HOUSTON (AP) – Houston Fire Chief Terry Garrison saluted an honor guard member, received from him an American flag and a return salute, then turned on his heels and knelt before grieving relatives of a firefighter killed on the job.
He handed them the folded flag, offering a few quiet words of comfort and a smile.
Garrison performed the task Wednesday four times _ an unprecedented duty in the 118-year history of the department _ as the nation’s fourth-biggest city and fellow firefighters from around North America remembered four firefighters killed while battling a massive hotel fire last week.
“We lost four very, very brave members,” Garrison told thousands who gathered at Houston’s Reliant Stadium for a memorial. “They paid the ultimate price.”
The four died when a structure at the Southwest Inn collapsed in a fire that grew Friday to five alarms.
“To the families of our fallen firefighters, let me say I recognize your sacrifice and I thank you,” the chief said. “You gave more, much much more than whatever is expected of you. You gave part of your life. You gave your loved ones.”
Killed in the fire were Capt. Matthew Renaud, 35, who had been with the department for 11 1/2 years; engineer operator Robert Bebee, 41, who joined almost 12 years ago; firefighter Robert Garner, 29, who joined the department 2 1/2 years ago; and Anne Sullivan, 24, a probationary firefighter who had graduated in April from the Houston Fire Department Academy.
The service stretched to nearly three hours and was marked by prayers, tears and laughter as the victims were celebrated as heroes.
“It’s a painful day,” Texas Gov. Rick Perry said. “It’s also a necessary day. And it’s our duty to honor these four individuals … four people who sacrificed everything in the service of their community.
“Flames don’t discriminate. It doesn’t matter if it’s a seasoned veteran or a fresh graduate of the academy.”
Houston Mayor Annise Parker, her voice halting at times, said it broke hearts of a “great and grieving city” to have to say goodbye.
“We can’t make the pain go away,” she said, looking toward the victims’ relatives. “We can’t make it hurt less. We honor the lives of these four brave heroes. And we thank you for sharing them with us.”
Large brass bells that generations ago marked the beginning of fire shifts sounded the last duty call for each of the firefighters as the thousands in uniform stood silently at attention.
Capt. Michael Mire said the bells signaled “the end of our comrades’ duties here on earth.”
A radio message broadcast department-wide and through the stadium announced the four names and their “ultimate sacrifice in the line of duty.” Their “dedication to the Houston Fire Department and city of Houston will not be forgotten,” the message from an unseen dispatcher said.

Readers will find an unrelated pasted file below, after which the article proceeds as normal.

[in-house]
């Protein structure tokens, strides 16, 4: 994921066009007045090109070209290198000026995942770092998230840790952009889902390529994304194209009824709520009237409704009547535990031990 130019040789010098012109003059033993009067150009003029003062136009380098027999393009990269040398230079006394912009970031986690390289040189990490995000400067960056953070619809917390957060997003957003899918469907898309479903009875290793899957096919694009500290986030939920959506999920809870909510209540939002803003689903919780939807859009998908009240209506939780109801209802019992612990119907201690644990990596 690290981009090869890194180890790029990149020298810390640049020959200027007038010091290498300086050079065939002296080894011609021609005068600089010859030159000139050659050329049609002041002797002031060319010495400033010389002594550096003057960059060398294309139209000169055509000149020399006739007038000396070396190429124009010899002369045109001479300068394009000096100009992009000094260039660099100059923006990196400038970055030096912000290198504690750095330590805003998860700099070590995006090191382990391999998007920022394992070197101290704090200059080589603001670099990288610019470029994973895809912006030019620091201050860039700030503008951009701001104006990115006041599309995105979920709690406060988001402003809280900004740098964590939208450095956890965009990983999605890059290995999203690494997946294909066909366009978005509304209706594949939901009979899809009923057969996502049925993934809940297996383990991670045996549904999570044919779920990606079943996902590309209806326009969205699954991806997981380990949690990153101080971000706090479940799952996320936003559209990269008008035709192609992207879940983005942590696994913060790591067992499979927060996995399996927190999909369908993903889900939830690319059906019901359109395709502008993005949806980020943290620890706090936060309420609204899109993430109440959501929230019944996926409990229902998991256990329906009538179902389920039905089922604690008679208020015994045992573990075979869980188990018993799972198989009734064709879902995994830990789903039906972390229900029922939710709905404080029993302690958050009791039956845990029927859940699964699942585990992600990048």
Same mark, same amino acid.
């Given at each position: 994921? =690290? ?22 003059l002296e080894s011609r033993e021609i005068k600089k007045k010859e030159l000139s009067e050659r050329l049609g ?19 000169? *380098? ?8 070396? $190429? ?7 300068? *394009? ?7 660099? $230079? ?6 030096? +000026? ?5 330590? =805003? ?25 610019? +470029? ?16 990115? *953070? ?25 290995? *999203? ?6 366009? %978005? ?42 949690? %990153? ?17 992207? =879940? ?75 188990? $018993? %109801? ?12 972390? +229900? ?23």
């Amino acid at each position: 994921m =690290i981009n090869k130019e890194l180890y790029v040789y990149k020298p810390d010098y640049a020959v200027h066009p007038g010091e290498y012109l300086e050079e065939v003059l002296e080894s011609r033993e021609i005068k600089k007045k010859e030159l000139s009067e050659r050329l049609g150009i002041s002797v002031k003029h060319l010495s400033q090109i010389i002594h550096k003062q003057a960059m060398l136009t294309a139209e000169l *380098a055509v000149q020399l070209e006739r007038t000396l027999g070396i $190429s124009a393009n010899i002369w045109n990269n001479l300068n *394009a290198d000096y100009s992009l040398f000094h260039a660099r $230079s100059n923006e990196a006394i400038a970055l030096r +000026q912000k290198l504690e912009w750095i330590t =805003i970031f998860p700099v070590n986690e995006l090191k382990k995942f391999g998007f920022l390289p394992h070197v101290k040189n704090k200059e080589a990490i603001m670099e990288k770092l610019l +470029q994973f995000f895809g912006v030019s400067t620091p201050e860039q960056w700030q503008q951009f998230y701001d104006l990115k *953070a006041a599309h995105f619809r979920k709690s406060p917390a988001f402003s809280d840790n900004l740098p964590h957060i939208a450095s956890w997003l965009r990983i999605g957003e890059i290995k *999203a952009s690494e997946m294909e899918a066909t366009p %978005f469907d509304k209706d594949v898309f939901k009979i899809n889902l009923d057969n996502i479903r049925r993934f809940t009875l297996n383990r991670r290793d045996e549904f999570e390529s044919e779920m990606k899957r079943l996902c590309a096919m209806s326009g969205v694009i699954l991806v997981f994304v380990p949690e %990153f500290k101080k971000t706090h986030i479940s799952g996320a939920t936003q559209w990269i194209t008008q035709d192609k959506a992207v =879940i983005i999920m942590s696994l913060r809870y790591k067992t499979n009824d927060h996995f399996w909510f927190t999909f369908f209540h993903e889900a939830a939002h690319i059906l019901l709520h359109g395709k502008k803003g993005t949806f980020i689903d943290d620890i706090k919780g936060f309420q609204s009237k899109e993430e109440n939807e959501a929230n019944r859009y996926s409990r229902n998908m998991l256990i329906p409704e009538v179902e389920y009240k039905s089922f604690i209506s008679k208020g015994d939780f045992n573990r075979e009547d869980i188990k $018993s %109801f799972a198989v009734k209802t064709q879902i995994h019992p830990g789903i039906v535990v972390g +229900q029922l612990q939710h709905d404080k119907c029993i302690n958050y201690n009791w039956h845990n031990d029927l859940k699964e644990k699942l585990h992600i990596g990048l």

Then “Taps” echoed through the stadium, followed by a bagpipe performance of “Amazing Grace.”
Pictures of the four victims were shown on video screens in the cavernous stadium, normally home to the NFL’s Houston Texans. Behind the stage, two fire trucks with ladders extended and draped in black held up a giant American flag. Similar trucks outside hoisted U.S. and Texas flags.
Nicole Garner, Robert Garner’s sister, recalled having lunch with her brother a few weeks ago. He told her then he’d finally figured out that being a firefighter was what he needed to do with his life.
“My brother died fulfilling his dream,” she said.
Tony Rocha, while talking about his nephew Renaud, donned a fire department t-shirt he had amended to include a large “51” _ Renaud’s station number.
Mary Moore Sullivan called her daughter, Anne, a “loving daughter, best friend and my hero.”
“God bless my beautiful baby girl Anne and the three men who joined her,” she said tearfully.
Opening and closing prayers were led by Cardinal Daniel DiNardo of the Roman Catholic Archdiocese of Galveston-Houston.
The day began with dozens of fire trucks and emergency services vehicles _ including some from New Orleans, Austin and Dallas _ converging on a flag-lined street. Officials said fire department representatives had come from Canada to Mexico, from New York City to California.
“This is what the firefighter family is all about,” said Teresa Gonzales, whose husband is a 30-year Houston firefighter. “It’s awesome they’re doing this for the families (of the victims).”
Daysha Spivey, a Houston resident, watched the procession outside of the stadium with her two small sons.
“It’s amazing, it’s sad, it’s very impressive,” she said. “It makes me want to be a firefighter.”
Investigators at the scene of the blaze have said they are focusing on an attic and the kitchen area of a restaurant connected to the motel. They don’t expect the findings of their investigation to be announced for months.
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